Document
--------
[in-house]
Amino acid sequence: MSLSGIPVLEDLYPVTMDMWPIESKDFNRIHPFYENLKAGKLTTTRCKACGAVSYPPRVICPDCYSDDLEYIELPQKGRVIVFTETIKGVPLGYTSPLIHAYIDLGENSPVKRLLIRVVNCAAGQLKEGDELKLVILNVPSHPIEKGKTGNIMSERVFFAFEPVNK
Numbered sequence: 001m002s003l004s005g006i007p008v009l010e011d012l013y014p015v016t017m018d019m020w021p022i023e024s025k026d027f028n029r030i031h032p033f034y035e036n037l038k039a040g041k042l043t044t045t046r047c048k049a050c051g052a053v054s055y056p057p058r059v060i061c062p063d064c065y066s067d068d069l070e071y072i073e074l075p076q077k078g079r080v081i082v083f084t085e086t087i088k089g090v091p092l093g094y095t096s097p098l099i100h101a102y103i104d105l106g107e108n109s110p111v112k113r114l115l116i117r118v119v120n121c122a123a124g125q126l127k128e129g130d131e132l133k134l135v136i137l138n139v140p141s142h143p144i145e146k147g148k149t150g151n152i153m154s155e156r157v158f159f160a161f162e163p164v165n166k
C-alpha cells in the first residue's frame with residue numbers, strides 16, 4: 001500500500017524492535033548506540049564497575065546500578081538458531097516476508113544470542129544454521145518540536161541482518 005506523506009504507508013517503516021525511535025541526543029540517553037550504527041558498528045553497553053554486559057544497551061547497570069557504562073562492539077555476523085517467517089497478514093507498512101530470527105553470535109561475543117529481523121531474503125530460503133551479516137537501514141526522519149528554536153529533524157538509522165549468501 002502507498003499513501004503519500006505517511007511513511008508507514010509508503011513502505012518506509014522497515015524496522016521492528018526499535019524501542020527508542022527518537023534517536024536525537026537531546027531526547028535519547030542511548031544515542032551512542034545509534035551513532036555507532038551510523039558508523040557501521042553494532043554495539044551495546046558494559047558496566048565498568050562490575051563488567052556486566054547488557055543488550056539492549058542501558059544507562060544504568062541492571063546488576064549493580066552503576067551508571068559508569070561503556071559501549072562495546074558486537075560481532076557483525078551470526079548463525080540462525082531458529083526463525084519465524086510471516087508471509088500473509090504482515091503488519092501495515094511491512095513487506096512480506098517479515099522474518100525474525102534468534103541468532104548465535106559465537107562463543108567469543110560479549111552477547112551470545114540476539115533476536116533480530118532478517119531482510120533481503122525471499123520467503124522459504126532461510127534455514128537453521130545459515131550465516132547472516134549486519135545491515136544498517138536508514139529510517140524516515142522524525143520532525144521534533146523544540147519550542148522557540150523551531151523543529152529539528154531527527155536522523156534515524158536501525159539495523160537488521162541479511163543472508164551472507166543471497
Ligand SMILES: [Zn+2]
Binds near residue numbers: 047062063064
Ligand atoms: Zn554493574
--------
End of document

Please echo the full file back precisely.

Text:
[in-house]
Amino acid sequence: MSLSGIPVLEDLYPVTMDMWPIESKDFNRIHPFYENLKAGKLTTTRCKACGAVSYPPRVICPDCYSDDLEYIELPQKGRVIVFTETIKGVPLGYTSPLIHAYIDLGENSPVKRLLIRVVNCAAGQLKEGDELKLVILNVPSHPIEKGKTGNIMSERVFFAFEPVNK
Numbered sequence: 001m002s003l004s005g006i007p008v009l010e011d012l013y014p015v016t017m018d019m020w021p022i023e024s025k026d027f028n029r030i031h032p033f034y035e036n037l038k039a040g041k042l043t044t045t046r047c048k049a050c051g052a053v054s055y056p057p058r059v060i061c062p063d064c065y066s067d068d069l070e071y072i073e074l075p076q077k078g079r080v081i082v083f084t085e086t087i088k089g090v091p092l093g094y095t096s097p098l099i100h101a102y103i104d105l106g107e108n109s110p111v112k113r114l115l116i117r118v119v120n121c122a123a124g125q126l127k128e129g130d131e132l133k134l135v136i137l138n139v140p141s142h143p144i145e146k147g148k149t150g151n152i153m154s155e156r157v158f159f160a161f162e163p164v165n166k
C-alpha cells in the first residue's frame with residue numbers, strides 16, 4: 001500500500017524492535033548506540049564497575065546500578081538458531097516476508113544470542129544454521145518540536161541482518 005506523506009504507508013517503516021525511535025541526543029540517553037550504527041558498528045553497553053554486559057544497551061547497570069557504562073562492539077555476523085517467517089497478514093507498512101530470527105553470535109561475543117529481523121531474503125530460503133551479516137537501514141526522519149528554536153529533524157538509522165549468501 002502507498003499513501004503519500006505517511007511513511008508507514010509508503011513502505012518506509014522497515015524496522016521492528018526499535019524501542020527508542022527518537023534517536024536525537026537531546027531526547028535519547030542511548031544515542032551512542034545509534035551513532036555507532038551510523039558508523040557501521042553494532043554495539044551495546046558494559047558496566048565498568050562490575051563488567052556486566054547488557055543488550056539492549058542501558059544507562060544504568062541492571063546488576064549493580066552503576067551508571068559508569070561503556071559501549072562495546074558486537075560481532076557483525078551470526079548463525080540462525082531458529083526463525084519465524086510471516087508471509088500473509090504482515091503488519092501495515094511491512095513487506096512480506098517479515099522474518100525474525102534468534103541468532104548465535106559465537107562463543108567469543110560479549111552477547112551470545114540476539115533476536116533480530118532478517119531482510120533481503122525471499123520467503124522459504126532461510127534455514128537453521130545459515131550465516132547472516134549486519135545491515136544498517138536508514139529510517140524516515142522524525143520532525144521534533146523544540147519550542148522557540150523551531151523543529152529539528154531527527155536522523156534515524158536501525159539495523160537488521162541479511163543472508164551472507166543471497
Ligand SMILES: [Zn+2]
Binds near residue numbers: 047062063064
Ligand atoms: Zn554493574